It's all a game these days.
You report the line as noisy to your CP, their test says battery contact, they raise a fault with Openreach.
Openreach clear the battery fault, but to you the fault remains because it's an HR causing the noise, the battery was non service affecting.
You raise the fault again, but now when your CP tests the line it tests OK to SIN349. So your CP, rightly or wrongly, raise the cheapest option with Openreach they can, a CDTA task (conscious decision to appoint) The engineer is tasked to attend site, carry out a PQ test from the NTE and listen on the line with their test phone. (Your BB kit unplugged means the noise is gone) These tasks are raised as a gamble by the CP ..... it tests OK but our punter says it ain't ... We'll agree to pay Openreachs charges if the line does pass a PQ test and the engineer states no noise.
To receive one of these tasks is a lottery, when you turn up the punter is often trying to report something different (usually a broadband fault) or they want the line shifting, or there's a fault on their extension wiring, etc, etc.
The CP hopes the engineer is dumb enough to just resolve whatever issue the punter IS actually reporting (bear in mind they are the only people who actually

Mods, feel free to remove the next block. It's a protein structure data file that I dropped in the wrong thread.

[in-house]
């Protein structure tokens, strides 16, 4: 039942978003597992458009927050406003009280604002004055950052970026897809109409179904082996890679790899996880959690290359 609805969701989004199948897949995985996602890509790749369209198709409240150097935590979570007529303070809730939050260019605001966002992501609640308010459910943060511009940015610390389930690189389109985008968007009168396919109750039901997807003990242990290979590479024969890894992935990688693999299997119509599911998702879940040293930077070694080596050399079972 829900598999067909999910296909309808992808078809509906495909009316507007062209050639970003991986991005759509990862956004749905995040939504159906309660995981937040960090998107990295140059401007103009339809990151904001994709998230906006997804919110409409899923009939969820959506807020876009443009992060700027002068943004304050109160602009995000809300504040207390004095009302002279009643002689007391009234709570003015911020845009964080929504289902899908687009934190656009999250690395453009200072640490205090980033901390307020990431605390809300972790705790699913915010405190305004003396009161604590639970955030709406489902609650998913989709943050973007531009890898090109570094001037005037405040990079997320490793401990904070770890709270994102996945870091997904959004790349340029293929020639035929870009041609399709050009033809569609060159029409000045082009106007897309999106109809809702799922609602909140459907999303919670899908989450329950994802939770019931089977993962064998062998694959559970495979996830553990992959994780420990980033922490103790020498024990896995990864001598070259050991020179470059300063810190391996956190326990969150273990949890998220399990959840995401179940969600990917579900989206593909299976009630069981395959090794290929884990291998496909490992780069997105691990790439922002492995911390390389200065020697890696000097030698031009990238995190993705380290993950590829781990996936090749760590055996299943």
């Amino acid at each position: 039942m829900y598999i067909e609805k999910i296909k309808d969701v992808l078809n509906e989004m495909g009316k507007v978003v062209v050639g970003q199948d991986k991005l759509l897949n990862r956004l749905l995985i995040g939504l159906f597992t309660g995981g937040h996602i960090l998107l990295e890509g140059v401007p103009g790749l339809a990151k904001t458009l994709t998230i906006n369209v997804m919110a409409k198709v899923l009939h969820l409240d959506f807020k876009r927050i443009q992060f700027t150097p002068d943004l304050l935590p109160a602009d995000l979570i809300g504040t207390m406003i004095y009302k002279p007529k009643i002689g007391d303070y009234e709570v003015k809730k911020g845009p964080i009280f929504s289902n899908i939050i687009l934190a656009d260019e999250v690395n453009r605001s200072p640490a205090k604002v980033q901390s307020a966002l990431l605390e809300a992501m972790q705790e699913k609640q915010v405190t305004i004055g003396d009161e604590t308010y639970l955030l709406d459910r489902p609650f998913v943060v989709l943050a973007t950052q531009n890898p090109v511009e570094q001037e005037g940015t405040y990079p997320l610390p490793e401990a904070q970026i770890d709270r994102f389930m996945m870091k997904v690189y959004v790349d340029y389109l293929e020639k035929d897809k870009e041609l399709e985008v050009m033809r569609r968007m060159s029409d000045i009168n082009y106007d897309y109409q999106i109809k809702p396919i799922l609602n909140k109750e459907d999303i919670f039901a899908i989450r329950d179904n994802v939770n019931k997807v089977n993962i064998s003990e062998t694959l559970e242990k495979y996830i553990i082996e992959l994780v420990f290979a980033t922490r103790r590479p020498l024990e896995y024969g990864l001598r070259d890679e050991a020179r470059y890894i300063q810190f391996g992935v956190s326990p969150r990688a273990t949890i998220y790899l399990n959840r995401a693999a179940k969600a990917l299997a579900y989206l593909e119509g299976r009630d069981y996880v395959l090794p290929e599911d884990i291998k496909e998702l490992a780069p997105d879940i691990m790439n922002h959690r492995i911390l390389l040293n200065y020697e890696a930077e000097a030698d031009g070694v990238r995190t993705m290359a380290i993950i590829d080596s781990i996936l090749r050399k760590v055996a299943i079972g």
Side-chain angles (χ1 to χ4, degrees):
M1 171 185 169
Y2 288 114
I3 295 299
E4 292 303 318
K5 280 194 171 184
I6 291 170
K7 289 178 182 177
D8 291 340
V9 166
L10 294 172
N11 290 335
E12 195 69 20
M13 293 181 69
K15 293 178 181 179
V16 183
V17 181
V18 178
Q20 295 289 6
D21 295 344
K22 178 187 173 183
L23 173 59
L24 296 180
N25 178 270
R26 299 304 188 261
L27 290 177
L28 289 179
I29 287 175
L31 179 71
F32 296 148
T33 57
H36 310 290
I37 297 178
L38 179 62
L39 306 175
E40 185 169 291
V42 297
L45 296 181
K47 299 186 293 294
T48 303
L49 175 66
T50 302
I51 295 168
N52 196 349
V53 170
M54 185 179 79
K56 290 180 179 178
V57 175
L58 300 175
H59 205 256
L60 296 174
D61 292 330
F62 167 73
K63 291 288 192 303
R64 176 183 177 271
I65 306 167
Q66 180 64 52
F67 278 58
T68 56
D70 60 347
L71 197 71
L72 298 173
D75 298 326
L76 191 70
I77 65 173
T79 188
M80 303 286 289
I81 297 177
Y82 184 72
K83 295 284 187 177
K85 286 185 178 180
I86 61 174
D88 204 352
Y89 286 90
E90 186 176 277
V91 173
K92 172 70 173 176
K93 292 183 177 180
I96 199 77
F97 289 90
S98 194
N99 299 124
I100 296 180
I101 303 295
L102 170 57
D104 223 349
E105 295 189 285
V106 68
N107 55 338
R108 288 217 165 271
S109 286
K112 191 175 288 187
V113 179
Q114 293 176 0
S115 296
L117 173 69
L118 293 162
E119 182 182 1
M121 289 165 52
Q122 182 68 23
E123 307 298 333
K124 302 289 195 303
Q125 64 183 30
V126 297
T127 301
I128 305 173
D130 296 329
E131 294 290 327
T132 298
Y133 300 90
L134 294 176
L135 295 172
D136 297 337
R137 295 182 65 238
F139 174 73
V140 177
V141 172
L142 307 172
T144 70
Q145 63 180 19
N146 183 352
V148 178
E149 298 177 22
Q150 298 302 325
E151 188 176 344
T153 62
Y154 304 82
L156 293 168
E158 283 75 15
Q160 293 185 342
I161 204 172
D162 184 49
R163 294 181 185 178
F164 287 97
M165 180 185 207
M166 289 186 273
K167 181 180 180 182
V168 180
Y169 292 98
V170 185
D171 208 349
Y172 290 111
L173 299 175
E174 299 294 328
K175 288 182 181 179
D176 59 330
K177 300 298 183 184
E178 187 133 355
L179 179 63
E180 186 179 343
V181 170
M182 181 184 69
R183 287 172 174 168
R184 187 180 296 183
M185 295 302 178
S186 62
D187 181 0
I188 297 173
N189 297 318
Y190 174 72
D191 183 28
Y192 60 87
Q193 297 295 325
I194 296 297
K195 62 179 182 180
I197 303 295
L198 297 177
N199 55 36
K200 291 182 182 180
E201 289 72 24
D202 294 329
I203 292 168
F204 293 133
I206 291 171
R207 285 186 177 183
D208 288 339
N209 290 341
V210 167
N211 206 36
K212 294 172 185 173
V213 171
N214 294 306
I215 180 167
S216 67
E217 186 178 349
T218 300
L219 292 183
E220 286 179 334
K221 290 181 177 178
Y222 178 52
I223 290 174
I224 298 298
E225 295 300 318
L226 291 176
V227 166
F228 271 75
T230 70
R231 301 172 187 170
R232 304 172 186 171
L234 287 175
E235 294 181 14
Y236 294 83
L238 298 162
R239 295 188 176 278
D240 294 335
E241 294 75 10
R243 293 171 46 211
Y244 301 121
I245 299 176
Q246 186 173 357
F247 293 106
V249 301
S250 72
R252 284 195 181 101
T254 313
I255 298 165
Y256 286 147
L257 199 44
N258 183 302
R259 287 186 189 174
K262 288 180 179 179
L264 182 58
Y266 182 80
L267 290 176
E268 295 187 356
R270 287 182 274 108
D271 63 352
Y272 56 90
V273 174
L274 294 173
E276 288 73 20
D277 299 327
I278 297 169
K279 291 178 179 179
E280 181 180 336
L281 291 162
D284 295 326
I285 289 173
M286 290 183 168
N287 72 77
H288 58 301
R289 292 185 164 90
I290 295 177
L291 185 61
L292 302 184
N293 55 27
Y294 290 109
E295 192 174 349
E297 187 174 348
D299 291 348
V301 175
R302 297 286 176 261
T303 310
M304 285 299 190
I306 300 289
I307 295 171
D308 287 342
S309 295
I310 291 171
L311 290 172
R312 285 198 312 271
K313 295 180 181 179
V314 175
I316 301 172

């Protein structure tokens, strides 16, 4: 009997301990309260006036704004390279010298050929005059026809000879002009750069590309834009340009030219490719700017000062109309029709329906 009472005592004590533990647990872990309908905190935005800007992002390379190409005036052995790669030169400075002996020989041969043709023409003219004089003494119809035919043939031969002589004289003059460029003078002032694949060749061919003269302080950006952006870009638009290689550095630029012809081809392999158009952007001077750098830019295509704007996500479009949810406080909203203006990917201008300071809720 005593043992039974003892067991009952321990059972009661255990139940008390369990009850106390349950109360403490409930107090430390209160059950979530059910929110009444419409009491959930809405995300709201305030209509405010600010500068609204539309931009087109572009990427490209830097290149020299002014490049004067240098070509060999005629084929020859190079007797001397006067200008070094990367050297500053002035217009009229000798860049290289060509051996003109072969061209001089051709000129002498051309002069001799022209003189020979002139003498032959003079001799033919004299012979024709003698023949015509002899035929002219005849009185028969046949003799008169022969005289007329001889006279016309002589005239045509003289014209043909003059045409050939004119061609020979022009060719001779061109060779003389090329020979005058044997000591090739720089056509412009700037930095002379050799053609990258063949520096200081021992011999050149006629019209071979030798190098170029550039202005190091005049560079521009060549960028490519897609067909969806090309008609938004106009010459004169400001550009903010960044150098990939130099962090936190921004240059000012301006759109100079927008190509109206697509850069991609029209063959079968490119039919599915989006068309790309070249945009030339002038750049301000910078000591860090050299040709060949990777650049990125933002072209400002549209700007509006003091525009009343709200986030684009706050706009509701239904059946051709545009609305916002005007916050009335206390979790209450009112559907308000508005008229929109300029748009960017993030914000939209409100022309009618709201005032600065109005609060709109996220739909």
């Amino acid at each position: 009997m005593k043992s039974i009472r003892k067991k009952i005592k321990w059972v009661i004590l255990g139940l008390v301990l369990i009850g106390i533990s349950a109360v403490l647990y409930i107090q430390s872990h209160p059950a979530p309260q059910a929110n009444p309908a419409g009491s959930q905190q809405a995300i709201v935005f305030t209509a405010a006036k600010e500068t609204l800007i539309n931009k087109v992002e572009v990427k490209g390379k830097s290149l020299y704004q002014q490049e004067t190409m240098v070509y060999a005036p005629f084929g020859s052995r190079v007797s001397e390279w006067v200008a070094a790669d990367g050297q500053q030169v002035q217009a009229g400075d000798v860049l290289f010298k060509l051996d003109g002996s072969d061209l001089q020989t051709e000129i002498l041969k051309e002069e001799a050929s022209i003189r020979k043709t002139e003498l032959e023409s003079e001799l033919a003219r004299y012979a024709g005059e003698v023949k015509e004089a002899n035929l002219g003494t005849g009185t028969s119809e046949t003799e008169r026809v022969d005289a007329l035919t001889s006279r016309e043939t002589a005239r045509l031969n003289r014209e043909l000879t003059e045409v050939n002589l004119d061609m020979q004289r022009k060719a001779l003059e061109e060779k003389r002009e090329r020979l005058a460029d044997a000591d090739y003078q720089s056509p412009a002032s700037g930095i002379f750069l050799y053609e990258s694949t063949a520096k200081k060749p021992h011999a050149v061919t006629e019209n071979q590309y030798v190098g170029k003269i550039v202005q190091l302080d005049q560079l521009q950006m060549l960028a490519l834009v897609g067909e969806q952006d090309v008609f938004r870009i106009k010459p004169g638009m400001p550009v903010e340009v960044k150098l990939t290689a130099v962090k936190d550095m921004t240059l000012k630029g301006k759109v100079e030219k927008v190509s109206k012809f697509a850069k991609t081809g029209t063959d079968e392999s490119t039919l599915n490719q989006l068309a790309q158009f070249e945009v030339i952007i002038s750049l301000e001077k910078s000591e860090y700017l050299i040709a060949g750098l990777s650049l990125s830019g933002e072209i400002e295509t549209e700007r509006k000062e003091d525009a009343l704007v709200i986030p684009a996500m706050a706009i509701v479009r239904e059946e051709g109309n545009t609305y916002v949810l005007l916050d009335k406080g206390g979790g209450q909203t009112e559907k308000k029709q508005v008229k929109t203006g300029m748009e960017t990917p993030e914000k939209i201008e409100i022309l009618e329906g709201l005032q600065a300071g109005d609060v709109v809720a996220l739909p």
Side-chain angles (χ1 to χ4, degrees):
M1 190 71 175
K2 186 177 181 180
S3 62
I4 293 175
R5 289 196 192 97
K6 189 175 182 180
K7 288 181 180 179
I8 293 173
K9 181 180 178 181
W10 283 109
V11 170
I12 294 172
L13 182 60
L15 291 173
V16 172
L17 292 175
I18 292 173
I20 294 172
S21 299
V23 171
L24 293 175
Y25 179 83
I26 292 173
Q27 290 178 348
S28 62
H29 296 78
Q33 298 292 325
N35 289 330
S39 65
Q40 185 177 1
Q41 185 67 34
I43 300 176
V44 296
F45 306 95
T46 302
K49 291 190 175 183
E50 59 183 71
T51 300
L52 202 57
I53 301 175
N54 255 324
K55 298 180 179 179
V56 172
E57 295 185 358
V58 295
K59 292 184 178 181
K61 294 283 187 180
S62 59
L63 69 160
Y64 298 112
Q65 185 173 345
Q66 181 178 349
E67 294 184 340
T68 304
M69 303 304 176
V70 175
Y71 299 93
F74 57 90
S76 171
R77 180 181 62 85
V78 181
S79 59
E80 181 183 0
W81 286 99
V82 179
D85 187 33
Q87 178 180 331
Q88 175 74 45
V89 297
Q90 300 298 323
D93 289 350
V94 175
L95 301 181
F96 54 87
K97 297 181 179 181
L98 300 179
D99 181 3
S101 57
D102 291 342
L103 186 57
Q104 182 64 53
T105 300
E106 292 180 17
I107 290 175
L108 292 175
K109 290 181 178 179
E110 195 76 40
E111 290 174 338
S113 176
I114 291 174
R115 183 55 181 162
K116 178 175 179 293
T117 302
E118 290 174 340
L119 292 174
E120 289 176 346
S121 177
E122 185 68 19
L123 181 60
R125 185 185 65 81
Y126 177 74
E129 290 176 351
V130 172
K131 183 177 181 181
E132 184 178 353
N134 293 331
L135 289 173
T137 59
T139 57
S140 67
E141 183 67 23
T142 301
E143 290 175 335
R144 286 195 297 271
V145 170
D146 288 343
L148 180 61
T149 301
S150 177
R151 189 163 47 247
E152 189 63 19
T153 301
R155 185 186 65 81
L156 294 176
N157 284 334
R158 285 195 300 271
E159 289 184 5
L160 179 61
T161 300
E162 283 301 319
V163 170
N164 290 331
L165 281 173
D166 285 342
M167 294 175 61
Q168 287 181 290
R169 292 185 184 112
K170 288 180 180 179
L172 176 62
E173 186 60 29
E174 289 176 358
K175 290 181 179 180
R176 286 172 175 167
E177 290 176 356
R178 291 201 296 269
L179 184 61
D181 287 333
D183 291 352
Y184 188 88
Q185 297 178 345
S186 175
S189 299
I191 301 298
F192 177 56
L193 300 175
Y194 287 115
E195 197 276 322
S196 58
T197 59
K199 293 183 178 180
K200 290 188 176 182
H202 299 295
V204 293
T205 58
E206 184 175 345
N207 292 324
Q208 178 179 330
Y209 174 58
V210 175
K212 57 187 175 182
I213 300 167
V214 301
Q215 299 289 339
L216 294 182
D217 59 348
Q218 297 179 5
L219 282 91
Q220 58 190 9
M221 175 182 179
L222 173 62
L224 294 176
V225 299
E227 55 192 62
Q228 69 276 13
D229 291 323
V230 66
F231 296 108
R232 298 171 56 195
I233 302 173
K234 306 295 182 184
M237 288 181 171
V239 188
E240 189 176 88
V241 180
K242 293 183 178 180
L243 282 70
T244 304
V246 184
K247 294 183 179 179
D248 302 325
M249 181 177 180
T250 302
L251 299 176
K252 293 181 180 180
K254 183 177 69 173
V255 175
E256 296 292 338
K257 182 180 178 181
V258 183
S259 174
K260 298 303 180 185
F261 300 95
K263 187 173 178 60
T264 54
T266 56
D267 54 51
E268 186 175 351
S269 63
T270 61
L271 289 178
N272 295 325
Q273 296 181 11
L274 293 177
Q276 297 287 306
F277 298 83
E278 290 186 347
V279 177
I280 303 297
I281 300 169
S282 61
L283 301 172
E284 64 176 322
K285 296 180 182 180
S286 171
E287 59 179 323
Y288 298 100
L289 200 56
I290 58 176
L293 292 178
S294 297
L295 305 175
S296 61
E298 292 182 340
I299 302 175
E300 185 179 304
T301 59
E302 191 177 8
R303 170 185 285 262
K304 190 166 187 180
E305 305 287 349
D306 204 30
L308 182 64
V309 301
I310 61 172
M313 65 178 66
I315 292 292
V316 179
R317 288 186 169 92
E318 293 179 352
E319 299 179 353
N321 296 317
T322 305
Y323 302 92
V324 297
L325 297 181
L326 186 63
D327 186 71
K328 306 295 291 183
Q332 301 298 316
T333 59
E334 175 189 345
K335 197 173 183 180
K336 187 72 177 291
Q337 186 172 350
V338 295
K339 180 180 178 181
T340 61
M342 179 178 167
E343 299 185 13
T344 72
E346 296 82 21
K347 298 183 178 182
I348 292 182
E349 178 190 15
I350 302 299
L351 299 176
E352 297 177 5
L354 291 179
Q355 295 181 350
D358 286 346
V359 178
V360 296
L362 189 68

meet and deal with the punters face to face) and thus Openreach foots the bill for wasted engineer time. They are HOT on these tasks, scrutinised greatly to ensure that every opportunity to raise revenue is taken (and why not, they only get tuppence ha'penny a year in line rental)
As I said, it's all a game. Maybe if the industry was awash with revenue this wouldn't be the case, but regulation and the nations incessant quest for the absolute best for absolutely sod-all means that industry fights and squabbles, makes unreasonable demands with dire consequences for perceived failure, and all to the detriment of what the punters actually receive.